Oregon Targets Wolf Family’s Youngest Members to Protect Cows
The month of August has been deadly for two of the youngest members of the Lookout Mt wolf family. The following weeks may prove deadlier still.
In a misguided attempt to stop predation on livestock, the Oregon Department of Fish and Wildlife (ODFW) shot and killed two wolf pups from a helicopter a few weeks ago on August 1. The gunning down of the 3-month-olds occurred a few days after ODFW authorized its agents and a livestock producer to kill up to four uncollared wolves in an area comprised of public and private lands. The wolf parents are the only collared members of the Lookout Mt Pack, leaving two yearlings born in 2020 and pups born in 2021 with targets on them.
After Oregon officials confirmed that the wolves preyed upon a cow last Friday, the agency issued a new kill permit. This one authorizes three area cattle producers who have experienced conflict on their ranches, on either public or private land, to kill two more uncollared wolves – meaning the yearlings or more pups of the year.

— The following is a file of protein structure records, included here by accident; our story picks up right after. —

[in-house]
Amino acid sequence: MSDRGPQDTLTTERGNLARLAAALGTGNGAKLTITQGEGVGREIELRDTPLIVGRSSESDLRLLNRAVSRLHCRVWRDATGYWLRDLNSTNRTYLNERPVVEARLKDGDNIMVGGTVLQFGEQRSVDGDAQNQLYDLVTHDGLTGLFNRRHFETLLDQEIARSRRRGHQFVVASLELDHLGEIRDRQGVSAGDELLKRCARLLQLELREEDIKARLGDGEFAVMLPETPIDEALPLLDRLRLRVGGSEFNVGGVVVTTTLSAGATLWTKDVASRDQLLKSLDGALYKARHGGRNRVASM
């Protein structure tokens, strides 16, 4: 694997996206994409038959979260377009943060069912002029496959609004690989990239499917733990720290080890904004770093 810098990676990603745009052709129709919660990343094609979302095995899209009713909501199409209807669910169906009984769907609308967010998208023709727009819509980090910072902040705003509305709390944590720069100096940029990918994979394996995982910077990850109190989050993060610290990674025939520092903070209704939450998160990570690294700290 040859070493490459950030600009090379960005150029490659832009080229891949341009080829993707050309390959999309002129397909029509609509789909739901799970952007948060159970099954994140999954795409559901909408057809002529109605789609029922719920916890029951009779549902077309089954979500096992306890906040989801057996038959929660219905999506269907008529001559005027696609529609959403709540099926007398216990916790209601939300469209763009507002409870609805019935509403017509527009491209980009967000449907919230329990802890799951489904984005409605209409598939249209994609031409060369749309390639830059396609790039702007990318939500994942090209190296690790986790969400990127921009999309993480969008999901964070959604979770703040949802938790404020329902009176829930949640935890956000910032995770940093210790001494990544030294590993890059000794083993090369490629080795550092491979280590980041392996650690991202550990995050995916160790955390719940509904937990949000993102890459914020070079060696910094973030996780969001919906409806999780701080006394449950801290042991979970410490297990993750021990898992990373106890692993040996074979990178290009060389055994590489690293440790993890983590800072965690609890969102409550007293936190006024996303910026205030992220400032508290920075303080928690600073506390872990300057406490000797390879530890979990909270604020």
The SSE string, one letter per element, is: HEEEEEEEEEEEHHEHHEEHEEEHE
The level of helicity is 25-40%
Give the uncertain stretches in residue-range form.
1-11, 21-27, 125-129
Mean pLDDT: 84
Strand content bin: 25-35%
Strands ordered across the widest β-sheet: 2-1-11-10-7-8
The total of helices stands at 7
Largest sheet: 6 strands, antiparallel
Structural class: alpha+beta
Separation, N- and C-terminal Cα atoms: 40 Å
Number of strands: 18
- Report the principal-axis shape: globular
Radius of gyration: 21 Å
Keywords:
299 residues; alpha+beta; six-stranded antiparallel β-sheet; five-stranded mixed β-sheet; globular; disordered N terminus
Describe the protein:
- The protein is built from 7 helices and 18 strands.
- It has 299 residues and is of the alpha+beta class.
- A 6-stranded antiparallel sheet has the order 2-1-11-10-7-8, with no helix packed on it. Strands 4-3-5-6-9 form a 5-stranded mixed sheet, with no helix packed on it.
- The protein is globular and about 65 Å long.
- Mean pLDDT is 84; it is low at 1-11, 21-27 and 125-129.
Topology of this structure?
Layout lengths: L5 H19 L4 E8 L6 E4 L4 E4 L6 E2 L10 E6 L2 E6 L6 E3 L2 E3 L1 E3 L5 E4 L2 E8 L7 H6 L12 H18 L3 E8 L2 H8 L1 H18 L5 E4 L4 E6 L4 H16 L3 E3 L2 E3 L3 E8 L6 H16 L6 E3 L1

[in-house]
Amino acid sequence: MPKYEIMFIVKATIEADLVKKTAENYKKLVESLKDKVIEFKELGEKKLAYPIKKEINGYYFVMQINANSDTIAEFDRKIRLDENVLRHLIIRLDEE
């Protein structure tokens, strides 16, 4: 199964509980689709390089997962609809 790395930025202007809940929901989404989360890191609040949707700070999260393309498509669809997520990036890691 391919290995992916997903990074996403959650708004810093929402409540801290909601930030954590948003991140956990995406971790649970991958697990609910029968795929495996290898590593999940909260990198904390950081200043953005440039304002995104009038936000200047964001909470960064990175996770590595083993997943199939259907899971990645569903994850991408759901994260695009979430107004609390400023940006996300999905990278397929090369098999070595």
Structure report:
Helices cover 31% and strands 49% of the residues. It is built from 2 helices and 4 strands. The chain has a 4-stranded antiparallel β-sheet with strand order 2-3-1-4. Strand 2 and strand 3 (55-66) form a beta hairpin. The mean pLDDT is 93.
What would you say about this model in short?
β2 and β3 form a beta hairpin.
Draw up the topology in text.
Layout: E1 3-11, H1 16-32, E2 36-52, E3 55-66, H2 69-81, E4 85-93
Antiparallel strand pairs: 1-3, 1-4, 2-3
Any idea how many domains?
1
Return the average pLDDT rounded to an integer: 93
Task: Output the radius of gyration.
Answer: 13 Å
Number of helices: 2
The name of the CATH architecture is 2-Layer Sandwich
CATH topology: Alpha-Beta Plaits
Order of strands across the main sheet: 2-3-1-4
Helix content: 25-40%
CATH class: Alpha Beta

The permit expires on September 14, 2021.
Killing Wolves Does Not Reduce Conflict
Science shows that killing a wolf can increase the risk that wolves will prey on livestock in the future. It is counterproductive and unsustainable. Additional research also suggests that the killing of wolves can increase the risk to nearby farms, providing further evidence for the ineffectiveness of the so-called “lethal control” policy approach.
Wildlife managers across the West trap and kill wolves, cougars, and coyotes, and other predators and lethal control has become more common for wolves in Oregon and Washington as their populations have grown. But many scientists contend there’s little good evidence for the effectiveness of those efforts.
Under Oregon’s Wolf Plan rules, livestock producers must be using and document non-lethal methods to deter wolves before lethal control can be considered. Also, there can be no identified circumstances on the property (such as bone piles or carcasses) that could be attracting wolves.
Wolves throughout Oregon were delisted from the state Endangered Species Act (ESA) on November 9, 2015. Wolves in the western portion of the state (west of Hwys 395-78-95) lost federal protections in January 2021. Wolves are now state-managed by ODFW.
An estimated 173 wolves are living in Oregon today.